Monday, April 27, 2015

Something Bigger Than Whiskers

I will bless the Lord at all times; 
his praise shall continually be in my mouth.
 My soul makes its boast in the Lord; let the humble hear and be glad.
 Oh, magnify the Lord with me, and let us exalt his name together!
 I sought the Lord, and he answered me and delivered me from all my fears.

Those who look to him are radiant, and their faces shall never be ashamed.
 This poor man cried, and the Lord heard him 
and saved him out of all his troubles.

The angel of the Lord encamps 
around those who fear him, and delivers them.
 Oh, taste and see that the Lord is good! 
Blessed is the man who takes refuge in him!

 Oh, fear the Lord, you his saints, for those who fear him have no lack!
 The young lions suffer want and hunger; 
but those who seek the Lord lack no good thing.
 Come, O children, listen to me; I will teach you the fear of the Lord.
 What man is there who desires life 
and loves many days, that he may see good?..

 The Lord is near to the brokenhearted and saves the crushed in spirit.
 Many are the afflictions of the righteous, 
but the Lord delivers him out of them all.
 He keeps all his bones; not one of them is broken..
 The Lord redeems the life of his servants;
none of those who take refuge in him will be condemned.
Psalm 34

Reflection – OK, I’m back. And back with one of my favourite psalms of all, one of (in my view) the most beautiful and poignant pieces of biblical poetry and prayer there is. I often assign this psalm as a penance in confession, and return to it often in my personal prayer.

This psalm captures the essential spiritual attitude that must be at the heart of our life, and that spiritual attitude is praise and thanksgiving. This is always important, but all the more important when life in the world or in our own personal lives is hard and painful.

The world is full of troubles right now. Be it simple tragedies like the earthquake in Nepal, or the genuinely horrific evil of terrorism and brutal violence in the Middle East and Africa, or the various complex and painful social ills and evils confronting us here in North America, there is little ‘good news’ in the news we read these days. As well, we all have our personal problems and sorrows, big and little, which can darken our minds and hearts at any time.

To praise God in the face of all this may seem a bit polyanna-ish, a bit ‘whistle a happy tune’ or ‘these are a few of my favourite things’—a flight from reality into positive thinking, some kind of head trip to fool oneself into feeling better. To say that, when one’s own personal problems and sorrows are mounting especially high, praise should be particularly intense in one’s own life, seems almost perverse—like the more pain you are in, the more you should try to smile and laugh.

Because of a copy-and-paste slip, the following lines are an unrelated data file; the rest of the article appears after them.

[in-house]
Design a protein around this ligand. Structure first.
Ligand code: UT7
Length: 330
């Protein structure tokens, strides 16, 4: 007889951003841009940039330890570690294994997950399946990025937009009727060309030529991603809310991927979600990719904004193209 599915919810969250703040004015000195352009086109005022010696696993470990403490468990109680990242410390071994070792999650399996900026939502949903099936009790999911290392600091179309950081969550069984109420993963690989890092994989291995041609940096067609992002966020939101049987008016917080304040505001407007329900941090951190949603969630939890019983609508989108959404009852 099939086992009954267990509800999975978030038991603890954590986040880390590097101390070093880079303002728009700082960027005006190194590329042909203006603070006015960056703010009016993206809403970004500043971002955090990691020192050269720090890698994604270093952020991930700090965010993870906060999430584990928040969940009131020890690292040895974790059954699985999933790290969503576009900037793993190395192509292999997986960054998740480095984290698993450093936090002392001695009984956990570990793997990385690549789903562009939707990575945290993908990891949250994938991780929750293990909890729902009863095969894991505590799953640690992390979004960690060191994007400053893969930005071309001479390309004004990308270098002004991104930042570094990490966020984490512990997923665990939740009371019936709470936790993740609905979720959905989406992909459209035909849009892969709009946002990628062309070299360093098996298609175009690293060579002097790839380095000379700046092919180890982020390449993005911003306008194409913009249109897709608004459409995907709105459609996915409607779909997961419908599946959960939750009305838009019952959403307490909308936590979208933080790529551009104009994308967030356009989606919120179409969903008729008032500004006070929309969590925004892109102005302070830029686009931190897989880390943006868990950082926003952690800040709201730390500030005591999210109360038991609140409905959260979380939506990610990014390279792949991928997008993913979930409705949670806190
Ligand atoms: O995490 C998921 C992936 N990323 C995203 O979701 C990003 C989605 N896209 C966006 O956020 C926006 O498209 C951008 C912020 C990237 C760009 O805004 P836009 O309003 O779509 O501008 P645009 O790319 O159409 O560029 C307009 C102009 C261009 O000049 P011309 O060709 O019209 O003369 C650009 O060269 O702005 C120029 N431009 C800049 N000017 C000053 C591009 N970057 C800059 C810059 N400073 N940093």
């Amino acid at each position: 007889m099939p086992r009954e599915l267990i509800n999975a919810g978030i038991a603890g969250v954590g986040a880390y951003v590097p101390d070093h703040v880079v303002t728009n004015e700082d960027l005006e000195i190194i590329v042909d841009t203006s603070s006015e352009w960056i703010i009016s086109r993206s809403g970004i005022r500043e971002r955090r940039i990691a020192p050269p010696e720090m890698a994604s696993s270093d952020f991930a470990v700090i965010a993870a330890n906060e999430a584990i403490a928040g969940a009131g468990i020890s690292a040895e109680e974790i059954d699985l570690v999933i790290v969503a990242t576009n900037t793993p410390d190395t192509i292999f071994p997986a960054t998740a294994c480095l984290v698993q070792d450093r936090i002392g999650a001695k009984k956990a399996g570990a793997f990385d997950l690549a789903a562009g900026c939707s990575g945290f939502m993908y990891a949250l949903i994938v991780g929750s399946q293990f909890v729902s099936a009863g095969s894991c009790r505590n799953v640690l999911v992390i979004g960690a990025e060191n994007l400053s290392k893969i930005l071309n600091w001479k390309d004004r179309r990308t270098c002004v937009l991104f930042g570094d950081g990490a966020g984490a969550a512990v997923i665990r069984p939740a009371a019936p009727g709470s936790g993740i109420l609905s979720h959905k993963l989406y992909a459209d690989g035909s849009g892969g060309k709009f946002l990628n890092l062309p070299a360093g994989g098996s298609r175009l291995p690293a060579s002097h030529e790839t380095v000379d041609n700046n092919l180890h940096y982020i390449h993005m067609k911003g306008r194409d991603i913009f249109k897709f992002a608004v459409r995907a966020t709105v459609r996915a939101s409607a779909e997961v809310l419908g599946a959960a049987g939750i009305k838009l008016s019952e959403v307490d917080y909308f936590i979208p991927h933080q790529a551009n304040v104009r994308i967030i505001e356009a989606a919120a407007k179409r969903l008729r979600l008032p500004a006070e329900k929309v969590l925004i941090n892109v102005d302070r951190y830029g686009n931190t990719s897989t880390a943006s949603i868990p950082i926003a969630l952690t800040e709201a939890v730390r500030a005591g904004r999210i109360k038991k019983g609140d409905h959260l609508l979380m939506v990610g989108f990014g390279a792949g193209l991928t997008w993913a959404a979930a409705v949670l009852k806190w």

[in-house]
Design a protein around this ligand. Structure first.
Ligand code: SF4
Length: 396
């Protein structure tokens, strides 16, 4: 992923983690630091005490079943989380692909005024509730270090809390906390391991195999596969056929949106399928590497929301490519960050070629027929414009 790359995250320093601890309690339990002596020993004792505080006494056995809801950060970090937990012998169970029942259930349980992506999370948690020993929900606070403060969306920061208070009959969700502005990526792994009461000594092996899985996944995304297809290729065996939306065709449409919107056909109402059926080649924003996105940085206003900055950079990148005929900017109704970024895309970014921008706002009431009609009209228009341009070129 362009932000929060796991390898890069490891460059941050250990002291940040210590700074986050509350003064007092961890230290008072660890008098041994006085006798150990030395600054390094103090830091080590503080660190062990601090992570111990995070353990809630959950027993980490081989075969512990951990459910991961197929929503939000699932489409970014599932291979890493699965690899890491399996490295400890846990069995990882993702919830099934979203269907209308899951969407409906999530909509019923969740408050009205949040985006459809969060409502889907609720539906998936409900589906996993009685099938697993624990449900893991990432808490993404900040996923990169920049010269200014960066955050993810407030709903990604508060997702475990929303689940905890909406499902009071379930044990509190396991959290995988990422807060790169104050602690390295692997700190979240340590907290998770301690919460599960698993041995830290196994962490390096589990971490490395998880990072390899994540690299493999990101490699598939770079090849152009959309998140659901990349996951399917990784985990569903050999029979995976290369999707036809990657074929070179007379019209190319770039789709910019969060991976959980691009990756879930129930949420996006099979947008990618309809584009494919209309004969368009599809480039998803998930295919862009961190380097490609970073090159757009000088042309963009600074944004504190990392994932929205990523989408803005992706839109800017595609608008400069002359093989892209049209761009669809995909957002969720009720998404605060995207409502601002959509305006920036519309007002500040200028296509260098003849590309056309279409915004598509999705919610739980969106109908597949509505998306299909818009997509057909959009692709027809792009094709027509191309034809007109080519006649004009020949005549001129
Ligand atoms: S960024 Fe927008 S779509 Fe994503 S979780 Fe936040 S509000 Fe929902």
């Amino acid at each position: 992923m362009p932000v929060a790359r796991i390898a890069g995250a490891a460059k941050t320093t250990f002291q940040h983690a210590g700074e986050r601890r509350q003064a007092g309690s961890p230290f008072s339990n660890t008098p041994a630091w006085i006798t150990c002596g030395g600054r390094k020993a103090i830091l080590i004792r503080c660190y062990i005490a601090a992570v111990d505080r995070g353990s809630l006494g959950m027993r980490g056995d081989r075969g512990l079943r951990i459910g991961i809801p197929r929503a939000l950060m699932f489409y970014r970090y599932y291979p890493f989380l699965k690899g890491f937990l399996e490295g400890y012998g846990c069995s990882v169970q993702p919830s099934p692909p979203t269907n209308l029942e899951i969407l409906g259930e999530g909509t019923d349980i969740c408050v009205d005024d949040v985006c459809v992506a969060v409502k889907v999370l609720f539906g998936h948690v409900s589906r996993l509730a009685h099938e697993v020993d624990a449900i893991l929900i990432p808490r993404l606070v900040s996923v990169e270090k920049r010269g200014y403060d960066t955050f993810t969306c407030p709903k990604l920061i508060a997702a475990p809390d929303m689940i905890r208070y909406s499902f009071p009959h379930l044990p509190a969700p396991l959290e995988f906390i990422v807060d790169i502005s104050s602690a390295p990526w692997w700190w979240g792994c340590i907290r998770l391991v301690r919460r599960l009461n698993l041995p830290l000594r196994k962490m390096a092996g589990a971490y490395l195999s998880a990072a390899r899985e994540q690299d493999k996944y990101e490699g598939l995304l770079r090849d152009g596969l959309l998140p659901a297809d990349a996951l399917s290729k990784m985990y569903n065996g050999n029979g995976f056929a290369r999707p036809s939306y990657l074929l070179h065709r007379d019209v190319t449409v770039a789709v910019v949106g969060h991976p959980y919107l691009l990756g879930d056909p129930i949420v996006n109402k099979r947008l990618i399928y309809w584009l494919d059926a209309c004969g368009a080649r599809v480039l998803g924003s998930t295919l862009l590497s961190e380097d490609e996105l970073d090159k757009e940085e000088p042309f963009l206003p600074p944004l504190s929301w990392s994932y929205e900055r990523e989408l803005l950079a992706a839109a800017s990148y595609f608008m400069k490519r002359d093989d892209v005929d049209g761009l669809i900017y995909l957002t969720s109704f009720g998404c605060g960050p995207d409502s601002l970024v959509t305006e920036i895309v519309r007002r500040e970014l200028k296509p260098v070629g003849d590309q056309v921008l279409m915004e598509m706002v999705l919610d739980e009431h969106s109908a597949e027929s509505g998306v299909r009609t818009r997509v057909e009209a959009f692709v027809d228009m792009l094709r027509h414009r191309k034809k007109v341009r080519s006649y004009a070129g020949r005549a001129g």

If it were just a matter of positive thinking, of raindrops on roses and whiskers on kittens, the objection would hold. But that is not what praising God is, really. To praise God in the face of evils and sorrows of all kinds is to make a deep act of faith and trust in the reality of God, that God is real, is here, is acting, that there is a whole bigger and broader field of being (admittedly almost entirely concealed from us) in which there is great good, cause for hope, reason to rejoice.

Pain and suffering focus the mind on themselves and on their immediate cause. When we stub our toe, our whole world becomes, for a brief moment, The Toe, and the stupid thing we just stubbed it on (Drat it! Drat it to heck!). All suffering, and certainly the very big and calamitous sorrows of life and of the world, has that effect on us—the entire world is defined by my grief, by this evil, by that sorrow.

Aside from personal sufferings and sorrows, those who are involved in various types of social activism have to be vigilant about this. Yes, there are great evils happening in the world, like abortion (for example). But… the whole world is not defined by this evil. Countless men and women welcome their children into life, even in difficult circumstances, and even in the most tragic wrong choices women make to have an abortion, the mercy of God is poured forth in unstinting measure.

There is always a bigger reality, in other words. And it is praise and thanksgiving, rapturous ecstatic praise that opens the door, at least, to that bigger reality, allows us to stand in whatever pain and evil we find ourselves in and not be overwhelmed by it. Allows us to see that God is—that God is bigger, that God is acting, that God is in the end victorious over it all. Praise is our looking to him and growing radiant, our tasting and seeing the goodness of the Lord, our faith in his deliverance of the poor. It is utterly and essentially central to a healthy, whole spiritual life.

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